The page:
BBC America will broadcast three British fantasy/sci-fi shows later this year.

Survivors, which completed its first, six-episode season on BBC1 in the UK just before Christmas, is an remake/update of a 7os BBC show of the same name, created by Terry Nation, who also created Blake’s 7 and co-created Doctor Who’s deadliest foes, The Daleks.

The post-apocalyptic drama, follows a small group of strangers who band together to survive in the aftermath of a virus that wipes out 99.9% of the human race.

As they struggle to start over they face not only a struggle to find food and water, but also find themselves under threat from other survivors and, in some cases, their own troubled pasts.

A second six-episode season has been ordered by the BBC and will air in the UK later this year.

Being Human is a quirky drama/horror about three 20-something flatmates, a ghost, a vampire and a werewolf, as they struggle to live normal lives and avoid their secret double lives being exposed.

The first six-episode series is currently airing on BBC3 in the UK.

Finally, BBC America will broadcast the 10-episode season three of Primeval, which is due to air on the UK’s ITV1 in the Spring.

The first two seasons of the show, 13 episodes in total, about a team of experts who battle dinosaurs that emerge into modern-day London through a time anomaly, aired last year in the States.

BBC America has already announced it will be screening the first season of Ashes To Ashes, the sequel to the BBC version of Life On Mars, later this year. Season two of Ashes To Ashes is due to air on BBC1 in the Spring.

 

 

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Gene Hunt’s Five-Year Plan


Ashes To Ashes, the sequel to time-tripping cop show Life On Mars is on it’s way to America. That’s the BBC sequel to the BBC Life On Mars, not to be confused with the American remake from ABC that is half-way through its first season Stateside.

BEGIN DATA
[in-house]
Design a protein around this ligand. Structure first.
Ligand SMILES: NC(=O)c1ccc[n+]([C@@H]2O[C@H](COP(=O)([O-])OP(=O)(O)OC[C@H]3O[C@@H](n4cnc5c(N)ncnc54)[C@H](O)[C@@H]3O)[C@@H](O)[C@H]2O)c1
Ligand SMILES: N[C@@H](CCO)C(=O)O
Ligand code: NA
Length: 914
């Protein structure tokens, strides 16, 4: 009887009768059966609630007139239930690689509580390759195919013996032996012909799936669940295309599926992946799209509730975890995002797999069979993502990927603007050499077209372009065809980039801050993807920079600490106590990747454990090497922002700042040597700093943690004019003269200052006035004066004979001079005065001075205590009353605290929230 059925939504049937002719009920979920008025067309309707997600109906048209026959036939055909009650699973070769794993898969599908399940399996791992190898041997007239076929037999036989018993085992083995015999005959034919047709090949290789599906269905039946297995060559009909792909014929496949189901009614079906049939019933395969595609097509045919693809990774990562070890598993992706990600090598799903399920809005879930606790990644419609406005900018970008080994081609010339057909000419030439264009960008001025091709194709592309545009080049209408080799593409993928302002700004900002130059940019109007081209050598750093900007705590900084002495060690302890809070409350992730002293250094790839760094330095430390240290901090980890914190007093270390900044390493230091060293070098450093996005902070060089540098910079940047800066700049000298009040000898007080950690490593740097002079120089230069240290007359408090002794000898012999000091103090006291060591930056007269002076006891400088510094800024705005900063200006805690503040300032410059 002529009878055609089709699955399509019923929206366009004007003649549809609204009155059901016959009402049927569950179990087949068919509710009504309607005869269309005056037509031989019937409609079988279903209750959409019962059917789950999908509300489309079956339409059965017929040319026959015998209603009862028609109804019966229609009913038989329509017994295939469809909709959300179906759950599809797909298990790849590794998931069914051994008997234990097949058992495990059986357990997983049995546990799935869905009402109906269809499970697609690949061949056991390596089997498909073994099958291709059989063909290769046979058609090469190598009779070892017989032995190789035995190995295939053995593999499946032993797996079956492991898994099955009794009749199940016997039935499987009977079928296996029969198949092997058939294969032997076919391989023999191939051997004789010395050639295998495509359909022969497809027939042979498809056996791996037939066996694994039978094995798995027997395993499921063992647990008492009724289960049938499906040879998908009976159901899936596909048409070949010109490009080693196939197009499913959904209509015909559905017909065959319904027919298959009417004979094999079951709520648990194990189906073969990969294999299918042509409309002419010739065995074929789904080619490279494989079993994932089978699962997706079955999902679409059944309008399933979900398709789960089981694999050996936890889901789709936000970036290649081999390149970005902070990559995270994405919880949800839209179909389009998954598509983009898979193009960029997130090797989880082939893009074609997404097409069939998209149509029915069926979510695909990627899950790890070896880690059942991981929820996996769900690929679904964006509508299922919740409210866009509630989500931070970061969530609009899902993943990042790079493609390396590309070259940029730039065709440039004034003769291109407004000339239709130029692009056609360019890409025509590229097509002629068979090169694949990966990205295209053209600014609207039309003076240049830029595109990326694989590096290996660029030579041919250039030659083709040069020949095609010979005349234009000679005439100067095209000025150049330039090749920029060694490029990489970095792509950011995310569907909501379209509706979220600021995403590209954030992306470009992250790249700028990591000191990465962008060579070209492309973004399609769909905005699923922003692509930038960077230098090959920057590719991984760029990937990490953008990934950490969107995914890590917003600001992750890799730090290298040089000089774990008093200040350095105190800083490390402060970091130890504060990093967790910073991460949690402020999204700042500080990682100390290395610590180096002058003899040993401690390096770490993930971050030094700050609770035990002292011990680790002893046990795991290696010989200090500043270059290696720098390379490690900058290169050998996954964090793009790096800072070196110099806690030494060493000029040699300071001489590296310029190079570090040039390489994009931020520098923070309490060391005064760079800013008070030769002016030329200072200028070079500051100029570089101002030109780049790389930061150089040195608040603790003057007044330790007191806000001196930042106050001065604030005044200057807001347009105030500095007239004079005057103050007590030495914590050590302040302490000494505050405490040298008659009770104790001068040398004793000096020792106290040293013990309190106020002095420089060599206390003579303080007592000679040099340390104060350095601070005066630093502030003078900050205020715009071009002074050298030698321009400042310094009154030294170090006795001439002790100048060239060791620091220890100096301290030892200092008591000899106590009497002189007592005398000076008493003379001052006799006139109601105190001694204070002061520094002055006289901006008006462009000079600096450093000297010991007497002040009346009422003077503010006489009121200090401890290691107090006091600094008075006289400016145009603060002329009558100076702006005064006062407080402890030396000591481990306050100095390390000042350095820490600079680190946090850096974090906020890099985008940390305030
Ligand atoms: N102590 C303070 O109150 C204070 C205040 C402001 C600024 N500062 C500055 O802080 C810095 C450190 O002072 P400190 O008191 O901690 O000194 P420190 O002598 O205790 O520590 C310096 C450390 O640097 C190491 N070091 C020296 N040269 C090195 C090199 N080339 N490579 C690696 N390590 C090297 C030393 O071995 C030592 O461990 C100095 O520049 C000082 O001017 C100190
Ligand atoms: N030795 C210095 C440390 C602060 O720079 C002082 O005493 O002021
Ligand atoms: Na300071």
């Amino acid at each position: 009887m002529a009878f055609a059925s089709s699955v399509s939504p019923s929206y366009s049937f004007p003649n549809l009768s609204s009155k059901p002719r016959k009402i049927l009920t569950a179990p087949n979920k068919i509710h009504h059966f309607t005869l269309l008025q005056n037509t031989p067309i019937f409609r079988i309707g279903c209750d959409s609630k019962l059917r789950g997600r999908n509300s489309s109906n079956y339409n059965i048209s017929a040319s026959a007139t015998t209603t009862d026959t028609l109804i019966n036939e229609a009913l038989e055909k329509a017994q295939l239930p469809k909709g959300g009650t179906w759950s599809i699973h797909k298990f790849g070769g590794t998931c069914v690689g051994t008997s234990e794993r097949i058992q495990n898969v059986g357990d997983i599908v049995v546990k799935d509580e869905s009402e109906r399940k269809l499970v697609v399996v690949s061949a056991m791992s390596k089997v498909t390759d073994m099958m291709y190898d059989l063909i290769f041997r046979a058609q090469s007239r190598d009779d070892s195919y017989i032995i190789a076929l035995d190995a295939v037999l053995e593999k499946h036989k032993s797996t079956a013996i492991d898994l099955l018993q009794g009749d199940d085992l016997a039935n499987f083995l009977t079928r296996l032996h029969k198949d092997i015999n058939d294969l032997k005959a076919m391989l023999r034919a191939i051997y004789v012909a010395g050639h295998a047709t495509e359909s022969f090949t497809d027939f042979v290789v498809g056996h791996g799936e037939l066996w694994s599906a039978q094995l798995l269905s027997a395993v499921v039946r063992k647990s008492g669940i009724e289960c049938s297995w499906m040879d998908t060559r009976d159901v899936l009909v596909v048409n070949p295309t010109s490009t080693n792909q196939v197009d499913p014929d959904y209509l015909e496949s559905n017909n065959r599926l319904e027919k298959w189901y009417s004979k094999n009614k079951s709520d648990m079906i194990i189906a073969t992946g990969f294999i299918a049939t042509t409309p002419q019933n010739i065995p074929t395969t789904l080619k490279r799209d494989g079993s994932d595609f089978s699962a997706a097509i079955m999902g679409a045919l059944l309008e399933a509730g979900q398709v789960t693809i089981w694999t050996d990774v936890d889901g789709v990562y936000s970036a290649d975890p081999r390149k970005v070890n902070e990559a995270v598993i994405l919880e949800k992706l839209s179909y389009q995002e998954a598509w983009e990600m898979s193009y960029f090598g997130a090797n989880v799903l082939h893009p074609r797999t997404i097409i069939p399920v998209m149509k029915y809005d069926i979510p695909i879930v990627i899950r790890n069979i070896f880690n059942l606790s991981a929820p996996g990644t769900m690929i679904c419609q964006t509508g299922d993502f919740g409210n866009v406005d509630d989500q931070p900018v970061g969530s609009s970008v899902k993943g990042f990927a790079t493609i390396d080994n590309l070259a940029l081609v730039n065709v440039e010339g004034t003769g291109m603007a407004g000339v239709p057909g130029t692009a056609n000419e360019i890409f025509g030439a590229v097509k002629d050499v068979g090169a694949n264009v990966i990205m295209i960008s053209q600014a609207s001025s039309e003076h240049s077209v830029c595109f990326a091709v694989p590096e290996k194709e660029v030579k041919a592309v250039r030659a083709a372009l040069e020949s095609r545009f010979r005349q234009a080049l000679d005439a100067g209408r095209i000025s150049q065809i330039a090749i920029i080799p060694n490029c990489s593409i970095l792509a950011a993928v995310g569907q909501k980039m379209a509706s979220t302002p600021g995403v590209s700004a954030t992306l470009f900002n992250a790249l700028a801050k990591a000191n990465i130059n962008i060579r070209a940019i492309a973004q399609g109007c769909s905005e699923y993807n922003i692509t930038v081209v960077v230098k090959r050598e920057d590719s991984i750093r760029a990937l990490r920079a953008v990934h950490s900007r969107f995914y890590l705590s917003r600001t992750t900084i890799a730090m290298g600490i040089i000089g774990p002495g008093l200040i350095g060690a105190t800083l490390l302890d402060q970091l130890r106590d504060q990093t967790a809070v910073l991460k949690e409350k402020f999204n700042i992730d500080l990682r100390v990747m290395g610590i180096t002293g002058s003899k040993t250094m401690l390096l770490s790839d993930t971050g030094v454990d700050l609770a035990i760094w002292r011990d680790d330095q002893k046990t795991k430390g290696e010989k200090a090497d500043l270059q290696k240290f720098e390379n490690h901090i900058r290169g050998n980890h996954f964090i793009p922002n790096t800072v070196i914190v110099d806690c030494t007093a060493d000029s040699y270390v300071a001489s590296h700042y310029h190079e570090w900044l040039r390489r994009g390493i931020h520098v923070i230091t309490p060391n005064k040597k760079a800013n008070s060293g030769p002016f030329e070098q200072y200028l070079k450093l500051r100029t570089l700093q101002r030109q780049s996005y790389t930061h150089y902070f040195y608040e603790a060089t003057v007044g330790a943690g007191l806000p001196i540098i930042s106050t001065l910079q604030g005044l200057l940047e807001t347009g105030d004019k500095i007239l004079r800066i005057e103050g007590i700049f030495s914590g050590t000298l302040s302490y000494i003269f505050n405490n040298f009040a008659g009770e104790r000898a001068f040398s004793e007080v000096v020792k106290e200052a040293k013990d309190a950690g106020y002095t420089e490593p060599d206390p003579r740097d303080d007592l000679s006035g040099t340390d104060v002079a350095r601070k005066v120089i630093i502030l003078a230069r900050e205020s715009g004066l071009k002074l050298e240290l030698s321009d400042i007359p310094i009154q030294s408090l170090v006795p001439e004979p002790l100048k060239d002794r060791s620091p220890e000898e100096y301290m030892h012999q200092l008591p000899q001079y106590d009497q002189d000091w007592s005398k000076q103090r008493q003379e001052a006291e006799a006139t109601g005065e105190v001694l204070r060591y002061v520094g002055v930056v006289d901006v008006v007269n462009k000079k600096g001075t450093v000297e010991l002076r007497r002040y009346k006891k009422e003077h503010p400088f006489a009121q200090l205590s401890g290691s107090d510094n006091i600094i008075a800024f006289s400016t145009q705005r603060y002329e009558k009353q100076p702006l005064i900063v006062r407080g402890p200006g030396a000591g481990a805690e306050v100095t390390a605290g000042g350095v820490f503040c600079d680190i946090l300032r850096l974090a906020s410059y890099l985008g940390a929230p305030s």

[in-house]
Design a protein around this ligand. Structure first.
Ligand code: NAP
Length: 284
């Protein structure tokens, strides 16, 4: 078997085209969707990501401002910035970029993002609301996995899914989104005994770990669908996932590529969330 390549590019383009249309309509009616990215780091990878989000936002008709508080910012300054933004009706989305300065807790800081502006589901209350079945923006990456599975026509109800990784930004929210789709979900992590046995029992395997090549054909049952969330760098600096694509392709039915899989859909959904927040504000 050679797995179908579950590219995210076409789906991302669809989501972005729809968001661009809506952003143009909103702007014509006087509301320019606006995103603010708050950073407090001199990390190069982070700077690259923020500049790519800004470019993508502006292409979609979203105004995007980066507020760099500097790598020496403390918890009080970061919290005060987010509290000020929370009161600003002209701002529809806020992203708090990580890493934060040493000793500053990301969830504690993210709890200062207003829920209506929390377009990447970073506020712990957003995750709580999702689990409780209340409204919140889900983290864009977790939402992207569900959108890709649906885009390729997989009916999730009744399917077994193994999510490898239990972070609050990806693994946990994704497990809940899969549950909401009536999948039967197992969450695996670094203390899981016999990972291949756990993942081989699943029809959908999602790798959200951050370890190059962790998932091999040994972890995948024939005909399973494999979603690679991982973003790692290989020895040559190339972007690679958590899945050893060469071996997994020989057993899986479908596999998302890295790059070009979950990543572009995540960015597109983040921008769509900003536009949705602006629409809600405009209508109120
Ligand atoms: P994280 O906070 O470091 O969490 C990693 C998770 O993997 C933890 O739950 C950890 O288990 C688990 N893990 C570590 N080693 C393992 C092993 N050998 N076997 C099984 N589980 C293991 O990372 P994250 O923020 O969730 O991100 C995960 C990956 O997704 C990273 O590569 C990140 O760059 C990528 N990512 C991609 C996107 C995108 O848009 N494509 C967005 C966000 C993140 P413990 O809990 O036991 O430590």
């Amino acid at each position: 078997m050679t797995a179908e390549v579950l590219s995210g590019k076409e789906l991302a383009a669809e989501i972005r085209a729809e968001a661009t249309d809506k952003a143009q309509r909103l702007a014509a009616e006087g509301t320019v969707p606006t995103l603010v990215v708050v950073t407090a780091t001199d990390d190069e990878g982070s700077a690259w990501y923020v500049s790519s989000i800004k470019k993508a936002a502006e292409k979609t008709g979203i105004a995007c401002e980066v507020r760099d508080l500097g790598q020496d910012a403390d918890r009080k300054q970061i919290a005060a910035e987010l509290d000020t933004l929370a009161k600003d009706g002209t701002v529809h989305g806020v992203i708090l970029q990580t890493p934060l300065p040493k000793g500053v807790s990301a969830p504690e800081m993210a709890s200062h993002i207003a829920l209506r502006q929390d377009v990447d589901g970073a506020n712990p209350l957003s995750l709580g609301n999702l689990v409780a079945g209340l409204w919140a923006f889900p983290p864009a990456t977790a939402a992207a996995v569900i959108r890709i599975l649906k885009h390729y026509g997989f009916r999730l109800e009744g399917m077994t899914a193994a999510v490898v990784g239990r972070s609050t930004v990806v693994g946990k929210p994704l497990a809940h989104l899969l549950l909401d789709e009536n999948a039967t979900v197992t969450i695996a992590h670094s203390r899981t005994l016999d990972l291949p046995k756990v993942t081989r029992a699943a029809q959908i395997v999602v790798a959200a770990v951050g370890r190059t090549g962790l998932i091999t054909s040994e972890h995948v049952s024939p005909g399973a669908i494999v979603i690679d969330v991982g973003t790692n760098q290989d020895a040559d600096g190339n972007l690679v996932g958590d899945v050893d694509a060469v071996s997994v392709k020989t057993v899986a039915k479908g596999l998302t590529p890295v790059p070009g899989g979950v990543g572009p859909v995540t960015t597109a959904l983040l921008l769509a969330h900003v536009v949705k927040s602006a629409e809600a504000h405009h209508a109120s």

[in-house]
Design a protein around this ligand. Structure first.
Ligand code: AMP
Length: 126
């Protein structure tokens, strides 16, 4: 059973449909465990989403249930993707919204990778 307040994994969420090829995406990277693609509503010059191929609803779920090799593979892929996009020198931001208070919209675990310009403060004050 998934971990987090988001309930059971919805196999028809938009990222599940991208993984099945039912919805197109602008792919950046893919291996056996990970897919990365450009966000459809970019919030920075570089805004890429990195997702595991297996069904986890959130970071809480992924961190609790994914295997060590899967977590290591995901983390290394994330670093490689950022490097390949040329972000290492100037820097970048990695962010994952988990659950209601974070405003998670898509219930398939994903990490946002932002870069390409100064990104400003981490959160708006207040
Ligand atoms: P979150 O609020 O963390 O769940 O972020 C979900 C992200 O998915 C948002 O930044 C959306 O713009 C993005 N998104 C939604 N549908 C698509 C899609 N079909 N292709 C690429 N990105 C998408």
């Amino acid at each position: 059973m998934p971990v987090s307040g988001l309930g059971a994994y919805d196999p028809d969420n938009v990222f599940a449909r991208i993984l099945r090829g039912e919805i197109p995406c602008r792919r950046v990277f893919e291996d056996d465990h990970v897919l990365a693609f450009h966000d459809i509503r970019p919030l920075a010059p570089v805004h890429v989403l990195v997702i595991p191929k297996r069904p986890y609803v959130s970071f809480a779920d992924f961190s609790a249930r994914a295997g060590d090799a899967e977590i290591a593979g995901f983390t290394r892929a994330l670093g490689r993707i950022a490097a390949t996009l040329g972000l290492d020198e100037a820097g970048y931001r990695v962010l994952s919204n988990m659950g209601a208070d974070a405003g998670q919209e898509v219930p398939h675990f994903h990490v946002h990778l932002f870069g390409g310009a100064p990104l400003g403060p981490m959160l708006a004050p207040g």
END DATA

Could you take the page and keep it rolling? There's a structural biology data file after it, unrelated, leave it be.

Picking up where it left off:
And while promoting the show, co-creator Ashley Pharoah and star Gene Hunt himself, aka actor Philip Glenister, dropped a few hints about the future and the mythology of both the BBC and ABC versions of the franchise. 

While Life On Mars, which ran for two seasons on BBC1, shifted current-day cop Sam Tyler (John Simm) to 1973 Manchester, where he finds himself teamed up with politically incorrect old-school “beat a confession out of them” Gene Hunt, Ashes To Ashes finds another current -day cop time shifted and teamed up with the Gene-Genie.

This time, however, the displaced officer is a woman – police psychologist Alex Drake (played by Keeley Hawes) – who had been studying the Sam Tyler case – and the location is 1981 London.

With the second season of Ashes To Ashes set to begin on BBC1 in March, BBC America will start airing the first season on Saturday, March 7.

It’s already been well recorded that while the US version of Life On Mars is following the storyline of the BBC original very closely, the ultimate pay-off to the show, the explanation for what is happening to Sam Tyler, will be very different from the ending to the BBC Life On Mars.

But Pharoah teased us with a little more information of what the future holds for the two versions of the show:

He said (regarding the BBC series): “Right from the start, we knew how we wanted to end it when finally the whole franchise comes to an end.

“We’ve got a terrific ending, I think. Very different from the American Life on Mars. We swapped endings drunk in a Manhattan bar, so I know theirs, and they know mine.”

Asked whether there may be another sequel, with someone else transplanted in time, when Ashes To Ashes ends, Pharoah said: “Never say never but I really would be amazed.

“[Season two of Ashes] is about to go out in March [on BBC1], and if that does well enough to give us a next [season], two Life on Mars and three Ashes would be a five-year journey. It’s been a wonderful journey, [but] I think we would probably say thank you very much and bow out.”

Whether the US version of Life On Mars will continue in the 70s or spin off into its own version of Ashes To Ashes remains to be seen and will no doubt depend heavily on the ratings when the show returns from its mid-season break on January 28, after it was moved to Wednesday night to partnet up with ABC’s other time-shift fantasy, Lost.

You can read SciFi Wire’s full report of the Q&A with Pharoah and Glenister here.